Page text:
infant formula love

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Examples

  • By the late 1920s a number of large U.S. pharmaceutical companies, such as Ross Laboratories, Mead Johnson, and Wyeth Laboratories, manufactured and marketed infant formula in the United States.

    Strategic Management in Developing Countries Case Studies

  • It also indicated that Nestlé medical representatives would not wear official uniforms, that their salary would not be sales-related, and that they would not be allowed to sell infant formula to mothers.

    Strategic Management in Developing Countries Case Studies

  • A more sensational allegation leveled at the infant-formula manufacturers was that promoting infant formula had caused a decline in breast-feeding and consequently an increase in infant malnutrition and death.

    Strategic Management in Developing Countries Case Studies

  • In 1975 the infant formula industry formed an association, the International Council of Infant Food Industries ICIFI, to foster free exchange of information and cooperation with respect to infant nutrition.

    Strategic Management in Developing Countries Case Studies

  • Since July 4, 1977, an organization called INFACT (Infant Formula Action Coalition) had been coordinating and promoting a consumer boycott of all products marketed by the U.S. company, because INFACT asserted Nestlé employed inappropriate marketing techniques in selling its infant formula products in less developed countries (LDCs).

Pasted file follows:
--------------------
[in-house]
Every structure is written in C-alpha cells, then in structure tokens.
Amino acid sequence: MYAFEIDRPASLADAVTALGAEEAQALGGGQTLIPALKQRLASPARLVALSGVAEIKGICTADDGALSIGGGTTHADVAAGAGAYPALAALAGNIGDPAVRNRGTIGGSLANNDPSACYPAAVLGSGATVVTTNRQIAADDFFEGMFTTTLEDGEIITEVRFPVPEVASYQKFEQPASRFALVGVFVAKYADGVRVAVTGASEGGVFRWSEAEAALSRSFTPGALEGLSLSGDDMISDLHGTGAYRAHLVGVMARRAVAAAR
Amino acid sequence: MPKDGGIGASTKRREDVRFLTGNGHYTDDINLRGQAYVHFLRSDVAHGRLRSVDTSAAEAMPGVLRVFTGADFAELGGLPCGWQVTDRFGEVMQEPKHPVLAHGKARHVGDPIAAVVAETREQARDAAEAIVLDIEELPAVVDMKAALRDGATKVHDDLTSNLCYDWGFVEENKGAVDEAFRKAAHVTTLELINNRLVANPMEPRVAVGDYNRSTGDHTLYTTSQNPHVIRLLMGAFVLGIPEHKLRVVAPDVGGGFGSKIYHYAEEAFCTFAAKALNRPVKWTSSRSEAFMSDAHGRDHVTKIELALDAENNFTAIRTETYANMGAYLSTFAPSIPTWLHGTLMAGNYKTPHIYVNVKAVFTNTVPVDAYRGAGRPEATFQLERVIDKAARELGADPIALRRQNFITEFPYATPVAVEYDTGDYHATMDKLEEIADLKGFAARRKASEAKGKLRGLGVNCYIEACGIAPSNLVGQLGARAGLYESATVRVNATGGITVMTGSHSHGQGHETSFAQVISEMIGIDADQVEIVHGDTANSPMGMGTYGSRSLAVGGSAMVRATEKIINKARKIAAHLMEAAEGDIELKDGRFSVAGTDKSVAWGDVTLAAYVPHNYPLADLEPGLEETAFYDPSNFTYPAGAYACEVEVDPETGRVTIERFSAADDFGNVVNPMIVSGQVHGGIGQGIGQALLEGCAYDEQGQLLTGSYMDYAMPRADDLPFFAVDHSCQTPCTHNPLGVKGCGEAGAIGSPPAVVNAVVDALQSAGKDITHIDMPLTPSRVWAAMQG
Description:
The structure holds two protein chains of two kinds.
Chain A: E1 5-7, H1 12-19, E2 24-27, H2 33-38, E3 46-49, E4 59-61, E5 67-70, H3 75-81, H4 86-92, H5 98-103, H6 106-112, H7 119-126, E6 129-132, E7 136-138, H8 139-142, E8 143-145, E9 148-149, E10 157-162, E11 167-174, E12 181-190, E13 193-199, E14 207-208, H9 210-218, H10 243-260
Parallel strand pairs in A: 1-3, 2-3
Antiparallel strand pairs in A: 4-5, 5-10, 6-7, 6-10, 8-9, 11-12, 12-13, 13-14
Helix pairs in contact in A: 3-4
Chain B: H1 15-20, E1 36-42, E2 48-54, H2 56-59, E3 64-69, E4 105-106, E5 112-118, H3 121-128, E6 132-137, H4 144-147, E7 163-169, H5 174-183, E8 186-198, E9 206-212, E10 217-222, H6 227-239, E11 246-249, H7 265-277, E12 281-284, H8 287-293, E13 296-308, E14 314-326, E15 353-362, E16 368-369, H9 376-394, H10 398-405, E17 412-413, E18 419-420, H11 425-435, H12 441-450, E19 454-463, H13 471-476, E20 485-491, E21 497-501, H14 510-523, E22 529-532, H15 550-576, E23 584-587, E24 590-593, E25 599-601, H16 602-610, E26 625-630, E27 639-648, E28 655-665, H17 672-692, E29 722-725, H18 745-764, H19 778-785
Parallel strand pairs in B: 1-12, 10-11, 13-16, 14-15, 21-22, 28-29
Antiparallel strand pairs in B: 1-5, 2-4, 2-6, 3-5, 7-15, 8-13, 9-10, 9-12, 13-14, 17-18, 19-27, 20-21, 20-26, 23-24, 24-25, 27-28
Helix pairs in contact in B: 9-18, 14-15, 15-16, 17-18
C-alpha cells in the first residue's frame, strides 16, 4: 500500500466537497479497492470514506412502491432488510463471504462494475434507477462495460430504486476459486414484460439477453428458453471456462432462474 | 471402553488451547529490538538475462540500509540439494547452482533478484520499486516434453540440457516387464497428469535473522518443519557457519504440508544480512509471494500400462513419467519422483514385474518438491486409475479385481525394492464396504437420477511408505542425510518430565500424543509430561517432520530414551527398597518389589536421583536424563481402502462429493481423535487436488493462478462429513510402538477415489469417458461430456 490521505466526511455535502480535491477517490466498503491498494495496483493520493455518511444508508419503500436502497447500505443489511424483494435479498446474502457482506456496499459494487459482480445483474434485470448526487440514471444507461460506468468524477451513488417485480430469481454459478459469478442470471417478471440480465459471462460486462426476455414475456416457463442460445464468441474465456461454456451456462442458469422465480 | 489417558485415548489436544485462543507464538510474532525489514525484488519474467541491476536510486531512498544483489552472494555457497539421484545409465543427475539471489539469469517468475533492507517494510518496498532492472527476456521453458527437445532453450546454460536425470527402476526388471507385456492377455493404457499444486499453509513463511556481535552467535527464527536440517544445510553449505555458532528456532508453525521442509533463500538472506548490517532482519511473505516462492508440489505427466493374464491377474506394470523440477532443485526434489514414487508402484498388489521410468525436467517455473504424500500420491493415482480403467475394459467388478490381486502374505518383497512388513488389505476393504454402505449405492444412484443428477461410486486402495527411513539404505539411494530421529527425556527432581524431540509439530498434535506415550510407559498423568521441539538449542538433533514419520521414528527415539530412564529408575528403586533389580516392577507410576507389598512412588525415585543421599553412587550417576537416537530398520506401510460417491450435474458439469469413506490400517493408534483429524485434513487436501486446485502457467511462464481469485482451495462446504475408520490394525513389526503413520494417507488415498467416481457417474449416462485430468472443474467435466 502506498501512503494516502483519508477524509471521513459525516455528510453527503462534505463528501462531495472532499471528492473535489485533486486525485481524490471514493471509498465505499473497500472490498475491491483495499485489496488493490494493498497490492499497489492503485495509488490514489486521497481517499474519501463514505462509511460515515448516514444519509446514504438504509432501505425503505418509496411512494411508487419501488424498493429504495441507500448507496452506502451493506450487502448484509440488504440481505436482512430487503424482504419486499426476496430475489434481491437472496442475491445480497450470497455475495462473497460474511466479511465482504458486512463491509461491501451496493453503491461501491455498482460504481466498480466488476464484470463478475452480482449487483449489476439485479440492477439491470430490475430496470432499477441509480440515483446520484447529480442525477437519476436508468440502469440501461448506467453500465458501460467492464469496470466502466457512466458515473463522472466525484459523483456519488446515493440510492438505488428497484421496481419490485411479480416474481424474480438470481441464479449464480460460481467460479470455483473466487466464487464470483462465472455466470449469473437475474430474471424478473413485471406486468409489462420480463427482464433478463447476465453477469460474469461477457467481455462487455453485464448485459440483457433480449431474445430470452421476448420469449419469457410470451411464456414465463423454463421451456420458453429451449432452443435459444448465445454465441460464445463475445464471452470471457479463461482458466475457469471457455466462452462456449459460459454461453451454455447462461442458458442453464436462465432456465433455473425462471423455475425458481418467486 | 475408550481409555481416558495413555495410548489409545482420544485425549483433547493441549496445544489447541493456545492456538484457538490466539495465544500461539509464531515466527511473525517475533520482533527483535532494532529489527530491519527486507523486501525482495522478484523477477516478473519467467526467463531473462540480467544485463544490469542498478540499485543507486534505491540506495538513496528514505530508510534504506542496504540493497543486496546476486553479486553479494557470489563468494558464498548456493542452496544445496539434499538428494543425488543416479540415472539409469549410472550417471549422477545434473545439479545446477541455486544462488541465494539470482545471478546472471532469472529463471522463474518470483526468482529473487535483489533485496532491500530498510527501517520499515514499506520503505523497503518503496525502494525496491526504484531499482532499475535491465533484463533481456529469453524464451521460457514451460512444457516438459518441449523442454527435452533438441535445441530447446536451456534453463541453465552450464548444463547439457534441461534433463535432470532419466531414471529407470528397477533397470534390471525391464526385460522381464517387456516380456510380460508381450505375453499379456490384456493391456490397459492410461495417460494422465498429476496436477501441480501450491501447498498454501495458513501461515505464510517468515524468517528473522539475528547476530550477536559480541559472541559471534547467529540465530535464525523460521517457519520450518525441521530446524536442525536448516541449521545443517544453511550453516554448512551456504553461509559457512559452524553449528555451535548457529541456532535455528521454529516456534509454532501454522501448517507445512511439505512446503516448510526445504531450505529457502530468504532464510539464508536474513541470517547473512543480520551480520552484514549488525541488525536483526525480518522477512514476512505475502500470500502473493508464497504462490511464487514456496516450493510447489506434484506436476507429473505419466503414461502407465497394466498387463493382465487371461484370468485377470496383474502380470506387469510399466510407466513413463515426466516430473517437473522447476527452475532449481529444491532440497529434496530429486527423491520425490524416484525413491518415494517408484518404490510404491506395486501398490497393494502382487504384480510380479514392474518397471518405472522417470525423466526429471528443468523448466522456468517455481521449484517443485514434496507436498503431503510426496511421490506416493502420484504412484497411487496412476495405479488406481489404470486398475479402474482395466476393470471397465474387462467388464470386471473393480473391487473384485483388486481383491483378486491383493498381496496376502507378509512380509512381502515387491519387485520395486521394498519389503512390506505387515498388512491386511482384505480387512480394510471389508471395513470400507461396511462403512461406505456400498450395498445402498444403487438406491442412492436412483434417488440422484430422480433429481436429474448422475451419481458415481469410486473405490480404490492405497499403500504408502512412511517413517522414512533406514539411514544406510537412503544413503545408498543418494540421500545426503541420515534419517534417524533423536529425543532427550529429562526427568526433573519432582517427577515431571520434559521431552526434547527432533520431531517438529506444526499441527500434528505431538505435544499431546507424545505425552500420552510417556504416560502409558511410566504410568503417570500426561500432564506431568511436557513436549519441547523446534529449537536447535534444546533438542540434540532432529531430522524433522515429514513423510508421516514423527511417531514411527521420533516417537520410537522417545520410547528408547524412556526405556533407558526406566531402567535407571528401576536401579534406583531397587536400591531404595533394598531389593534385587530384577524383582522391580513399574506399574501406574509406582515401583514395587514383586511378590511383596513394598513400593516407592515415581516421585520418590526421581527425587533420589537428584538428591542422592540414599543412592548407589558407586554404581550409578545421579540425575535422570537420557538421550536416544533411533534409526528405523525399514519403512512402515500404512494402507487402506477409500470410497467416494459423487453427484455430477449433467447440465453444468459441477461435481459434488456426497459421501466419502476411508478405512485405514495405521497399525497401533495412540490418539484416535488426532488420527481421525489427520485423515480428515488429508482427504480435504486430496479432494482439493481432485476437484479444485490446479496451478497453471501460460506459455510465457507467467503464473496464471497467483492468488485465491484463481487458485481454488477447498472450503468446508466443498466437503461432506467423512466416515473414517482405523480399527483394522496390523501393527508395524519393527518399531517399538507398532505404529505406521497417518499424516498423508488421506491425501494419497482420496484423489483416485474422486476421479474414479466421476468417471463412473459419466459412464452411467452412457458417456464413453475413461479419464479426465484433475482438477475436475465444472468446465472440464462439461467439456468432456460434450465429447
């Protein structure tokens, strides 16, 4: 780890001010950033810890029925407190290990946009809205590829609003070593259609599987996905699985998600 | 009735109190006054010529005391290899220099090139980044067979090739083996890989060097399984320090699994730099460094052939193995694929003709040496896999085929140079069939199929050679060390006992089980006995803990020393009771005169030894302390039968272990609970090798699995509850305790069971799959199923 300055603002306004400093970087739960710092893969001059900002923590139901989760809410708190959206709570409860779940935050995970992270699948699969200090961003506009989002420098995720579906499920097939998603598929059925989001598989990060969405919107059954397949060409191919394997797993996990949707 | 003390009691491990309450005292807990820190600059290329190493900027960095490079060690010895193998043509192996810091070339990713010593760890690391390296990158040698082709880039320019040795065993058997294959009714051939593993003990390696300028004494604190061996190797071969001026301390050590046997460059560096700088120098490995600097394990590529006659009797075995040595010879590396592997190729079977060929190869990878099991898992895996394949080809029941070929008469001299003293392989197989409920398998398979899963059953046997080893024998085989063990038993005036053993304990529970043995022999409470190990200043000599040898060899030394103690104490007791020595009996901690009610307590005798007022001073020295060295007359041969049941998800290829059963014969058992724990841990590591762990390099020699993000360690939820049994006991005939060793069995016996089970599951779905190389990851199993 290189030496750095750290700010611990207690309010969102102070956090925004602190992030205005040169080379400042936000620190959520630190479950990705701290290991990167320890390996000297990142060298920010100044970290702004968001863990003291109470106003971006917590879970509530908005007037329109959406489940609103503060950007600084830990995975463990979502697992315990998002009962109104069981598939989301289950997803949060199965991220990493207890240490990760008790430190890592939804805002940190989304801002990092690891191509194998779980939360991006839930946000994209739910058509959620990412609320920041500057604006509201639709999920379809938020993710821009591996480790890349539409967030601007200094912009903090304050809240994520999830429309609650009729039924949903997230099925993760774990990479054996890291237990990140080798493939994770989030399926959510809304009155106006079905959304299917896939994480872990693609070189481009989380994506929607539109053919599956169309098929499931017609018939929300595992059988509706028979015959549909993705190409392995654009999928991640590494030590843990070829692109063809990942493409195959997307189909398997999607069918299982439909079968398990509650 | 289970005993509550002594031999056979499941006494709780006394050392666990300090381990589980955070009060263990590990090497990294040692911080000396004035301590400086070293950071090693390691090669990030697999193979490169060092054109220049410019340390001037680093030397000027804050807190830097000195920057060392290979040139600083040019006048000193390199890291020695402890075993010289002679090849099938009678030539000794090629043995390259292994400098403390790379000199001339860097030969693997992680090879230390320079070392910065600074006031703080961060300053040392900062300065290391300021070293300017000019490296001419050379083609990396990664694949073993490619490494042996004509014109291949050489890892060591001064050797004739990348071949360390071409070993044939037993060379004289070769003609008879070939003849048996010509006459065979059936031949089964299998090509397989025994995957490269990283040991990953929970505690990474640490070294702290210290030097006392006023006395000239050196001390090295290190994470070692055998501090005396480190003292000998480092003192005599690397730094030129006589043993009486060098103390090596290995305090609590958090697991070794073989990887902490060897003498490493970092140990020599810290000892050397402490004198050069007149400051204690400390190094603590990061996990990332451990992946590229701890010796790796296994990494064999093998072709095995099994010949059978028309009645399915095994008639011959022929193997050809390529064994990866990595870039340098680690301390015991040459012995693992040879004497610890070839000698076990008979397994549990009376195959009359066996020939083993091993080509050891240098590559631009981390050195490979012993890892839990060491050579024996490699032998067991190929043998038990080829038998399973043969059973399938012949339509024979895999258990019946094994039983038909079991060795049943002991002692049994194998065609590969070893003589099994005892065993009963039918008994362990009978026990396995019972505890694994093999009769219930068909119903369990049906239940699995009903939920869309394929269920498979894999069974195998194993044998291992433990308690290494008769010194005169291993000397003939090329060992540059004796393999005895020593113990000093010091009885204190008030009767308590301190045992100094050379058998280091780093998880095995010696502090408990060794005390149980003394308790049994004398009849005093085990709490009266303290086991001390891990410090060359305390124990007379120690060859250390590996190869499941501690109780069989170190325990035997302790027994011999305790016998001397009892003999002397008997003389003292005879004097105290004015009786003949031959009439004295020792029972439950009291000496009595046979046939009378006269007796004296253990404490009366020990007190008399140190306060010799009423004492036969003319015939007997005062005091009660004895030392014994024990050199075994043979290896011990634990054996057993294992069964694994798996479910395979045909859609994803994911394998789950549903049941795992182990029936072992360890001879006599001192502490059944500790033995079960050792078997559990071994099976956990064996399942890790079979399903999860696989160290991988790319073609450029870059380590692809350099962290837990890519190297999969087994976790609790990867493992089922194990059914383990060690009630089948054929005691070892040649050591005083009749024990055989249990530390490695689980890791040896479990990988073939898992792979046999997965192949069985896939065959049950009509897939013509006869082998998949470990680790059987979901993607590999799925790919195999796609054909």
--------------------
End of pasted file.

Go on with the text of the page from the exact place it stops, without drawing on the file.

Strategic Management in Developing Countries Case Studies

  • INFACT did not advocate total withdrawal of infant formula from LDCs, but rather the cessation of such practices as the use of “milk nurses,” the distribution of free samples, promotion of formula through the medical profession, and the direct promotion of formula to consumers.

    Strategic Management in Developing Countries Case Studies

  • In his concluding remarks, Senator Kennedy stated that postmarketing surveillance by infant formula manufacturers of where their products end up and how they are actually used did not appear to be a primary consideration of the manufacturers.17 He felt they tended to rely on the medical profession, the nurses, and the distribution networks in LDCs.

    Strategic Management in Developing Countries Case Studies

  • Less than a year later, the journalist Mike Muller wrote an article called “The Baby Killer,” which decried the promotions of infant formula manufacturers in LDCs as stimulating the trend away from breast-feeding.

    Strategic Management in Developing Countries Case Studies

  • Dr. James Post of Boston University, in testimony before the U.S. Congress in 1978, estimated world sales of infant formula at about $1.5 billion in 1977, with LDCs representing about $600 million.

    Strategic Management in Developing Countries Case Studies

  • Compared to breast-feeding, artificial feeding, whether with infant formula or more “traditional” foods like paps and gruels, exposed the child to greater risk of bacterial infection.

    Strategic Management in Developing Countries Case Studies

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